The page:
Goodbye airport next stop the hotel.  Little battles from the airplane continued in the bus.  Bro. Z was doing just fine.  My little tornado, Z, not so much, but hey plane rides and toddlers don’t mix well.  Some would say it went well.  Lots of information was given to us on that busride to process.  We arrive at the China Hotel.  Its a real nice place.  Guess what, there is a 24 hour McDonald’s right next door.  Whooohooo!  Room was nice with two cribs waiting on us.  Must sleep…Zzzzz


What the Boys Leave Behind

For our final day in Zhengzhou, the family took a field trip.  With the help of our guides, we went to E’s former orphanage.  I was about 45 minute trip from one part of the city to another which means its a pretty big city.  We got to meet some of his caretakers.  They were so excited to see him.  He walked right up to them while they were feeding another child expecting them to feed him.  Of course they did and started feeding some little bread buns to Z as well.  It was almost as if he never left.  We saw his crib room, the bathrooms, etc.  It was all an eye opening experience.  I have never to been to an institutionalized type of ophanage before.  You have to imagine what it would be like if you were in a place such as this until you were an adult.  The opportunities of quality of life, education, career, choice of worship are most likely out of reach.  We understand from what we know that if E and Z stayed in the system, they would most likely be denied all those nice things I just mentioned.  Low possibility of a good education.  Low possibility of a career.  It would be as if they were second class citizens.  When we in Beijing earlier, we saw a man being pushed through the subway on a little cart by his friend.  He apparently could not walk on his own, and he had to be pushed around on the subway to beg for money.  Lori and I talked later that what we saw could be potential life for Z.  His spinal problems could down the road, if still in China, lead him to be doing the same thing.  It becomes a heavy responsibility to find a need and meet it.  Children all over the world need a home.  We got two this go around, are you up for it.  You could start with one.  Oh and by the way, a little girl that I held at the orphanage that daycalled me daddy.  I  see more paperwork in my future.  Sigh ….  more love to pursue.


Bonding with the Little and Shaolin and Misery

This was the day after the finalization of the adoption.  It was a day of bonding for us with the boys.  It was over a trip that was arranged to see the original Shaolin Temple.  In and of itself, that’s pretty cool.  It allowed us to see a bit more of the Chinese culture and history and allowed the Z and E bonding to continue.  As I previously mentioned E is with me and Z is with Lori.  Each child sat with its particular favorite parent for the hour and 45 min ride to the temple.  This was fun.  We would play, entertain, and nap.  While in route the weather turned a nasty.  It became cool, breezy, and wet.  After we got there, we went to kung fu/shaolin show.  Fighting styles, weapons, and feats of skill and strength were all shown.  My E Z D boys watched with amazement.  Crackers to eat were a must to keep everyone calm thoughout the show.  From the show we had lunch and then took a tour of the temple and its surroundings.  Remember the wet part, now its misting.  We had to walk 10-15 minute through the misting to get to the entrance of the temple with the boys.  Z didn’t want to be put down, so Lori carried him the whole way.  Luckly at the Wal-mart of China the day before we got a couple of carriers not strollers.  They were a little expensive.  It took a little while but Z got used to it.  I, on the other hand, had Mr. “Can’t decide if I want to walk or carried”.  Up and down, up and down.  Finally, I got him into the carrier.  The misting continued.  We had nice new raincoats for the boys, but for some reason they refused to wear the hoods.  We pull them up, they would push them down.  We they would nod off for a nap.  Our tour guide took us around to all the main structures and described some of the history of each.  In the end, we finally made it back to the bus to head back to hotel, cold and tired.  Regardless, we were there as family so it was all good.  Check the out the pictures from the day.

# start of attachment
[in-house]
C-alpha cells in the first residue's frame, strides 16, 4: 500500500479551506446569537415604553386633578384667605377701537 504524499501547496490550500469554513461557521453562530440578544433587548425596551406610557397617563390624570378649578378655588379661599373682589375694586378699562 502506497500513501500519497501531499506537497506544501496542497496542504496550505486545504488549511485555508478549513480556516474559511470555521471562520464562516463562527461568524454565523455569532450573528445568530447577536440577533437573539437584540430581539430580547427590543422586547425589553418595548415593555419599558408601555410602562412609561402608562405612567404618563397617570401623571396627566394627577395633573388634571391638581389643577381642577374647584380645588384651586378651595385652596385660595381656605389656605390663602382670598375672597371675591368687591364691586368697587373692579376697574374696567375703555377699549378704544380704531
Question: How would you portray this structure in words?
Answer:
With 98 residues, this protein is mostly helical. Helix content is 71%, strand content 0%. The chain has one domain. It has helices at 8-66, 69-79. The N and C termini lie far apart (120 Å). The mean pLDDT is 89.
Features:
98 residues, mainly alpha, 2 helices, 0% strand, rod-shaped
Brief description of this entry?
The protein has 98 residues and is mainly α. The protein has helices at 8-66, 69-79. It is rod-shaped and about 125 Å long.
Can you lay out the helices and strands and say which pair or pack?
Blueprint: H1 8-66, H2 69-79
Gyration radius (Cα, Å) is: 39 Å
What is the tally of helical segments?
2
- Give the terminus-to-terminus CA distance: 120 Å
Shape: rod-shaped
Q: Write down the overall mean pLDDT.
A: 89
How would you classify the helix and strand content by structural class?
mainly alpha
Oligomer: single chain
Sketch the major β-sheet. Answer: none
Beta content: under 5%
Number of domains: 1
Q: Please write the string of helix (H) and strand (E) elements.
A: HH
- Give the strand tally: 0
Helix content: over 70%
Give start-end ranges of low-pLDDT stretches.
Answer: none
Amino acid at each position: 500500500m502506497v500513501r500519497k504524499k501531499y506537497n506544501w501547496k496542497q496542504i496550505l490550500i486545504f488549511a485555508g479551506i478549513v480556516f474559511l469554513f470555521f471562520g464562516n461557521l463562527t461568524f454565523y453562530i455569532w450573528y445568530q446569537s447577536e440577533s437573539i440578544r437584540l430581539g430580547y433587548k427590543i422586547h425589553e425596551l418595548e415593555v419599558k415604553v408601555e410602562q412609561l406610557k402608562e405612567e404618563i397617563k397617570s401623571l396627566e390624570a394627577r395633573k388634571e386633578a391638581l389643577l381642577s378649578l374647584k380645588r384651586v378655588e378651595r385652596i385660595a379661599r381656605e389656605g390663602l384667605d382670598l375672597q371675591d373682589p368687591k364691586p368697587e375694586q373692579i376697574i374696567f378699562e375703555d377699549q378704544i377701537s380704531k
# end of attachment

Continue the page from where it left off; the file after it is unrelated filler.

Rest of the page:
In China – Bill.

Its Official – They’re Ours

We had the “Gotcha Day” where we signed a Guardianship Agreement.  Well after a days worth of paperwork processing, we received our adoption certificates in other words they are officially ours.  More papers to sign followed that plus a visit to a notary agency.  During the running around the attachment to the respective parent is still in effect: Z for Lori and E for me.  I will have a perfect example of this shortly.  After the paper signage, we went to a Wal-Mart like store call “Lotus” for food and supplies.  We saw all sorts of thing that you would never see in the states.  Back to the example major attachment for the kiddies.  As we were exiting the store, we went through a gauntlet of mall style shops.  Within this mall like section, there was a pharmacy.  Naturally, the Moody’s had to take a picture of it.  In trying to get the camera, Lori had to give me Z briefly to reach the camera for this picture.  He immediately started crying for her.  All of the locals eyes were now on me with the upset little man.  Once the picture was over, I naturally gave Z back to her and he immediately stopped crying.  Needless to say, the locals let out a chuckle.  It reminded me of that episode of Friends where someone just had a baby and Chandler discovered that any time he moved the baby near Monica the baby would get upset.  Z is opening up to me a little at time so all is very good.  Here are some picture to recap a day.  And before you comment I know that picture wise, I am a day behind.